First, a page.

The government's plan is being actively considered by the Group of Ministers, headed by agriculture minister Sharad Pawar, it is learnt.
In the subsidy scheme, the GoM is also considering the proposal to include, instead of conventional fertilisers, new generation products like water-soluble fertilisers that increase the nitrogen intake of a plant to up to 80 per cent.
Of the 90 products that are approved under the Fertiliser (Control) Order 1985, only 15 are currently eligible for subsidies.
The government intends to explore the possibilities of including more complex products from the approved list to encourage the use of a wider range of fertilisers including bio-fertilisers among farmers. The idea has the support of the agriculture ministry.
The major share of the current fertiliser subsidy, which amounts to over Rs 20,000 crore (Rs 200 billion) annually, goes to urea manufacturers for supplying urea at subsidised prices to the farmer.
The total fertiliser subsidy bill, including the pending subsidy bills for the previous years, for 2006-07 was Rs 34,000 crore (Rs 340 billion). The budgetary allocation for 2007-08 was Rs 22,452 crore (Rs 224.52 billion), a figure highly inadequate considering the pending payments worth Rs 12,000 crore (Rs 120 billion) of the previous year.
The industry feels that the government will have to allocate Rs 50,000 crore (Rs 500 billion) during the current year if it has to clear all pending subsidy bills.
Though the government's current plans may not result in a reduction in its subsidy burden, it may bring in a more equitable distribution of fertiliser subsidies among various segments of fertiliser manufacturers.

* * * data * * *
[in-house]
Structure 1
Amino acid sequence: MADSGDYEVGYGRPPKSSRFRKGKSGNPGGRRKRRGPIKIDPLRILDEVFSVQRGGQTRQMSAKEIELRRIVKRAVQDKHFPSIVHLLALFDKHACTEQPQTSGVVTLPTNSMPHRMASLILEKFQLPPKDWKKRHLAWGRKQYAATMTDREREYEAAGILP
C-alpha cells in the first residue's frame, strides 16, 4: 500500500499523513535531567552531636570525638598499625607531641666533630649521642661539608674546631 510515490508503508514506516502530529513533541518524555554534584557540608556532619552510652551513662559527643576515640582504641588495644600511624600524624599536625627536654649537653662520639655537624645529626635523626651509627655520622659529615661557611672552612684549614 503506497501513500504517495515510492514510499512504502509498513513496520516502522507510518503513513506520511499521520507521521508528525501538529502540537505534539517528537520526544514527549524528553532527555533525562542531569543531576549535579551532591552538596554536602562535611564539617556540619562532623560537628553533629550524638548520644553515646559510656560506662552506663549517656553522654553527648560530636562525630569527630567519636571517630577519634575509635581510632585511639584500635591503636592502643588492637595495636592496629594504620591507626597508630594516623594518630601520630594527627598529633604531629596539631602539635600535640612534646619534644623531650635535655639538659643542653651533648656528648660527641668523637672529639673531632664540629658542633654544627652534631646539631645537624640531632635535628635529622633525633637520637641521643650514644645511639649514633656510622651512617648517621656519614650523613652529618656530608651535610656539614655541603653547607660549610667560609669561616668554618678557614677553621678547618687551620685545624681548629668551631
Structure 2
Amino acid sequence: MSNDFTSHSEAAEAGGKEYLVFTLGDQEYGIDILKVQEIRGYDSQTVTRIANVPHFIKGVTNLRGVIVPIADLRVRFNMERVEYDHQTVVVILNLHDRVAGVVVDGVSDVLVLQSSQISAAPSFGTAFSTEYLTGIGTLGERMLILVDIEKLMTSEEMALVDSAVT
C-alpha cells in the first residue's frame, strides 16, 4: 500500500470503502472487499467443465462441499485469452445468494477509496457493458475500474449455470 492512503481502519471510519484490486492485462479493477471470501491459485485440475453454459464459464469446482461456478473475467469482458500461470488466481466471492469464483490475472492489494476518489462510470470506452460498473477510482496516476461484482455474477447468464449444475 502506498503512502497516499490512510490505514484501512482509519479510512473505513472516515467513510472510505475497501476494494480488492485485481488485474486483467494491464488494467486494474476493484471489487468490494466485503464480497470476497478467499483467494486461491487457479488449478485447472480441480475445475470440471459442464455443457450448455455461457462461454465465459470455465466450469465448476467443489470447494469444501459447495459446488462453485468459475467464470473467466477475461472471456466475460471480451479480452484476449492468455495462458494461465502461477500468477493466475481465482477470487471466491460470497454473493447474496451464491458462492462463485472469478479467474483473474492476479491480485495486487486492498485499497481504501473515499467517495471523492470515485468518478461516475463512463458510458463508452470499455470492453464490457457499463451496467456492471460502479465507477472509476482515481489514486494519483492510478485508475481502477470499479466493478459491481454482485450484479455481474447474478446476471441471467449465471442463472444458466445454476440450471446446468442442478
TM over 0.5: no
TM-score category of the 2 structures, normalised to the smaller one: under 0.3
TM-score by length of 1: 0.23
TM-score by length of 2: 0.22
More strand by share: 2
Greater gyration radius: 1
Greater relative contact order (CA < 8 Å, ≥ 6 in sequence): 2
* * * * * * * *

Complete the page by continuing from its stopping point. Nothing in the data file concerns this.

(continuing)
The fertiliser movement in the country is heavily subsidy dependant as 98 per cent of the current fertiliser sales in the country come from those products that are eligible for subsidy.
The relatively high cost of non-subsidised fertilisers is a deterrent to not just the manufacturers, but also to the farmers. The government move is to rectify this anomaly.
According to fertiliser department officials, the whole idea of expanding the subsidy base is based on the concept of integrated nutrient management and balance fertilisation.
"Balanced use of fertilisers is the only way to arrest the decline in the productivity of the soil. Such an approach provides mix of major nutrients like N, P and K and facilitates the use of secondary and micro nutrients like sulphur, calcium, magnesium, zinc, boron, iron through fortification and enrichment of different fertiliser grades," they said.
However, the expansion of subsidised product basket is unlikely to increase the subsidy burden on the government. The officials said the increase in the number of eligible products will only result in a wider distribution of subsidy but not an increase in the use of fertilisers and a resultant increase on subsidy burden.
Meanwhile, chemicals and fertilisers minister Ram Vilas Paswan has called for a meeting of a National Fertiliser Advisory Forum in New Delhi on Wednesday to discuss issues such as fertiliser pricing, nutrient subsidy, alternative methodologies for delivery of fertiliser subsidy to farmers and usage of water-soluble fertilisers.
The last meeting of the forum was held in March last year.